Crime Watch: How to protect your children online
07/26/2014 12:00 AM
07/23/2014 3:14 PM
School will be starting soon and many of you emailed me regarding the social network sites that your kids will be using this year. Nowadays it’s not just the computer at home but also their smartphones. You need to consider blocking your kids’ phones from some of these sites. Check with your telephone carrier to see what programs they have to offer in protecting kids.
Below is information provided by the National Crime Prevention Council.
Facebook and Twitter are some of the top social networking websites that have become an online craze for teens and for many adults. You’ve probably also heard some stories about how pedophiles are surfing these pages for their next targets, or how teens are having their identities stolen after posting too much information online.
As a parent, you can teach your children how to safely use social networking websites.
Below are some ways that you can protect your children and their personal information online.• Tell your children not to post any identifying information online. This includes their cell phone number, address, hometown, school name, and anything else that a stranger could use to locate them.
• Remind your children never to give out their passwords to anyone but you — not even to their friends. Explain that if someone has their password, they could post embarrassing and unsafe information about them on their personal pages and even pose as them to talk to other people.
• Make sure that children understand that some people they meet online may not be who they say they are. Explain that on the Internet many people are not truthful about their identity and may even pretend to be someone else. It’s important to stress that young people should never meet people they met online face-to-face.
• Facebook and some other social networking websites let users set their profiles to private so that only their friends can contact them. Make sure younger teens’ profiles are set to private.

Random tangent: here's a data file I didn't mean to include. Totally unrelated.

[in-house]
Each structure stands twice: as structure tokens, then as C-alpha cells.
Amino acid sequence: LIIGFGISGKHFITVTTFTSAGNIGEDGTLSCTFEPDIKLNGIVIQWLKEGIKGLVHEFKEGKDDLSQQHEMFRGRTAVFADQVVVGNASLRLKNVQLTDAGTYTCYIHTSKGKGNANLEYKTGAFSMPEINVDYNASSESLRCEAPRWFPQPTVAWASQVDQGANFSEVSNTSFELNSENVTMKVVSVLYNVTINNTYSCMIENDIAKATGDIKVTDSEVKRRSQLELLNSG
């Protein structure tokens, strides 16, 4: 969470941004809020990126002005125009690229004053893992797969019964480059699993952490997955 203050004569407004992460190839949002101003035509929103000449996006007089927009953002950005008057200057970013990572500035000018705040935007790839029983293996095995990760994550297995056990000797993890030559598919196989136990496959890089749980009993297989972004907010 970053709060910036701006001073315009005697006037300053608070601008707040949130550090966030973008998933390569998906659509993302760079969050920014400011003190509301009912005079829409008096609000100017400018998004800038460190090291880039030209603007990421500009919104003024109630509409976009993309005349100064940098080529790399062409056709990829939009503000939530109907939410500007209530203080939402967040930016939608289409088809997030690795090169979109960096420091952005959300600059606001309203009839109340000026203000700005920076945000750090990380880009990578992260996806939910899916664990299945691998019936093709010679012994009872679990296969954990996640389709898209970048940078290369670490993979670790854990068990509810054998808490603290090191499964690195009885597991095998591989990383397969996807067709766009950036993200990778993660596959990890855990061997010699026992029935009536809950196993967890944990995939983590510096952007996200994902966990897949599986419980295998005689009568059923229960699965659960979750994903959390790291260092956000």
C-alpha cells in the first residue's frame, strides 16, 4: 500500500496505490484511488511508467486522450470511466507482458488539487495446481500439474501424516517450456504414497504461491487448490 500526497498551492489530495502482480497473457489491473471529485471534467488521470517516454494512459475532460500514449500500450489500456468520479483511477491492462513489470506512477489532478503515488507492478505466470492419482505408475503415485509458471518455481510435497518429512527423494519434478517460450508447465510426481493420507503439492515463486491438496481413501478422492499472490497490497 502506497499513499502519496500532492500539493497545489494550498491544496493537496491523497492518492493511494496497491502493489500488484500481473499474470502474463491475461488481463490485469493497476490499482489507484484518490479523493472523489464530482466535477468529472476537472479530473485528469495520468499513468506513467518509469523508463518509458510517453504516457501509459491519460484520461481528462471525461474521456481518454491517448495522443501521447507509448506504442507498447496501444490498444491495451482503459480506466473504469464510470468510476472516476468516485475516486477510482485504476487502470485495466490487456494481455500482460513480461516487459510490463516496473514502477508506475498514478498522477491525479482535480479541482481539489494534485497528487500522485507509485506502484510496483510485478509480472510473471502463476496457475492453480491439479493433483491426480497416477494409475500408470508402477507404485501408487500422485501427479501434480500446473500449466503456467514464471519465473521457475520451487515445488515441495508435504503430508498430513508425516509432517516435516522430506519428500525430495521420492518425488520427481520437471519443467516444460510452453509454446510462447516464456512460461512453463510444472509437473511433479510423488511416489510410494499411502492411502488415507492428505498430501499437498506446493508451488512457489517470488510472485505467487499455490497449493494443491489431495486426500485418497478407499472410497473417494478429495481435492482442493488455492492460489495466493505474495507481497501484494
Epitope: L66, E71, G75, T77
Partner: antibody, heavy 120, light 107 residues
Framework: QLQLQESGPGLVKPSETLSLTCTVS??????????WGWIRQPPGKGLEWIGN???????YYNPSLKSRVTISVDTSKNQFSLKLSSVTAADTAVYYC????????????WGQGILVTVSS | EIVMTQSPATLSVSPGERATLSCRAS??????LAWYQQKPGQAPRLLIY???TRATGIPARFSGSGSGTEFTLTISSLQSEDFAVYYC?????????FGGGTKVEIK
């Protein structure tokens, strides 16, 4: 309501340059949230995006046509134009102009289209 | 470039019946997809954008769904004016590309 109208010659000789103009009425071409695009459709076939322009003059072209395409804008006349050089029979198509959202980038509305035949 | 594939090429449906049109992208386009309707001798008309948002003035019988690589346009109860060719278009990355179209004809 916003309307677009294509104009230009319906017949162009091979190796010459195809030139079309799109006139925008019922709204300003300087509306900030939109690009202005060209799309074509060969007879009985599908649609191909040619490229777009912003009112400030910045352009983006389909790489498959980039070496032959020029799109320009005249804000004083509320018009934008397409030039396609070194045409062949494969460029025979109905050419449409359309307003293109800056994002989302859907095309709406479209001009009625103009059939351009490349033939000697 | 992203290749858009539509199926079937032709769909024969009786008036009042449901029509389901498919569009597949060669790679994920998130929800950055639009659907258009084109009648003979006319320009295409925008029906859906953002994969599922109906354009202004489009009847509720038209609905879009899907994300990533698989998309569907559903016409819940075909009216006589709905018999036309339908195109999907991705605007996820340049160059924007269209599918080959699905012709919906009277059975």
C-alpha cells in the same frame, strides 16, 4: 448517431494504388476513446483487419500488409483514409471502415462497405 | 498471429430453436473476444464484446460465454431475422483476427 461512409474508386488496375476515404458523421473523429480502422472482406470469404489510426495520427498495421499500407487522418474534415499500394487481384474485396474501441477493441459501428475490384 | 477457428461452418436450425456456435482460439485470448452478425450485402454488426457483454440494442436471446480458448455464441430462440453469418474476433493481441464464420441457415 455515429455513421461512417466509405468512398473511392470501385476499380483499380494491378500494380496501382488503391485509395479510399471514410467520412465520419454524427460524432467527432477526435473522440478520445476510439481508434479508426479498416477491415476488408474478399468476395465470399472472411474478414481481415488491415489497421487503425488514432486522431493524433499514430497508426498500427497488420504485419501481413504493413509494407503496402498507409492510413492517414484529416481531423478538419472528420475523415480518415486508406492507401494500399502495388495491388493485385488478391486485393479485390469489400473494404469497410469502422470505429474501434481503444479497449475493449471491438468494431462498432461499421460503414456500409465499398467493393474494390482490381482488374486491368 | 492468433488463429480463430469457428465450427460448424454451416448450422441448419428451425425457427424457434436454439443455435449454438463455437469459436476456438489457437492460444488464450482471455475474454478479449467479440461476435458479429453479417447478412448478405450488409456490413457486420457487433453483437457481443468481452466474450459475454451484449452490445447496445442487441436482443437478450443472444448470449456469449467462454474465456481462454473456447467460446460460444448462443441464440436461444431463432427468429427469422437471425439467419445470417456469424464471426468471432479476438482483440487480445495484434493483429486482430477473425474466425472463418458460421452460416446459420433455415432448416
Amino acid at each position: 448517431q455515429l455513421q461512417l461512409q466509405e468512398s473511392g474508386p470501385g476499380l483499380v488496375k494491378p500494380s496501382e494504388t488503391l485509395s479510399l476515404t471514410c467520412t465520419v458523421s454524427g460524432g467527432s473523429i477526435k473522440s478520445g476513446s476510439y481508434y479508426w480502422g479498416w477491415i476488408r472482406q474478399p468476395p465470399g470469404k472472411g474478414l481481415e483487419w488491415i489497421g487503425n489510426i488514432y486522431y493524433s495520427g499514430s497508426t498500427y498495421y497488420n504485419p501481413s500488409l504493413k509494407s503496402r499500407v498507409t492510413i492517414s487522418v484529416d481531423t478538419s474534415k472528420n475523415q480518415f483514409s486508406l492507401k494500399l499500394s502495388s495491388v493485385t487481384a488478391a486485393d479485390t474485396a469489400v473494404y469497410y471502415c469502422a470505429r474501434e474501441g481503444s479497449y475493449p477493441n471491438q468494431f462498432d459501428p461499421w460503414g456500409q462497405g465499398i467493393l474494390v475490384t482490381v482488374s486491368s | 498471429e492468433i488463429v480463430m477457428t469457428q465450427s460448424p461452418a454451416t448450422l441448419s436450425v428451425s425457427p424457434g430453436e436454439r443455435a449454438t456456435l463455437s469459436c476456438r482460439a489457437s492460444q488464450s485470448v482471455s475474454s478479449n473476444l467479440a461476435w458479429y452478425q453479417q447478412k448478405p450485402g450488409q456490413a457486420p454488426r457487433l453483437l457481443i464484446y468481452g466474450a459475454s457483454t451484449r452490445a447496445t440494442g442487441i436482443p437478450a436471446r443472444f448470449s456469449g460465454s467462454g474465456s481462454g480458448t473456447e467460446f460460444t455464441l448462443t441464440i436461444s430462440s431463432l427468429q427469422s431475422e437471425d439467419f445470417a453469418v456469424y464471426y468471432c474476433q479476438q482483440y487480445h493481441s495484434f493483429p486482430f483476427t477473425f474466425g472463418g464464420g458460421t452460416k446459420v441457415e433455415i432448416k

• Set clear rules regarding what your children are allowed to do online. Make sure you decide whether your children are allowed to post photos of themselves and open accounts without your permission.
• Have your children tell you if they ever see anything online that makes them uncomfortable. Make sure they understand that you won’t blame them.
• Ask them to come to you if anything happens online that hurts or scares them. Tell them that you won’t punish them by banning them from the Internet — this is a big reason why many kids don’t talk to their parents.
Keep those computers where you can see them when you are home. Ask questions if you see something on the screen you are not comfortable with and remember: You are the parent.
For more information visit: www.ncpc.org or call our office and we will be happy to send you brochures.
Join the Discussion
Miami Herald is pleased to provide this opportunity to share information, experiences and observations about what's in the news. Some of the comments may be reprinted elsewhere on the site or in the newspaper. We encourage lively, open debate on the issues of the day, and ask that you refrain from profanity, hate speech, personal comments and remarks that are off point. Thank you for taking the time to offer your thoughts.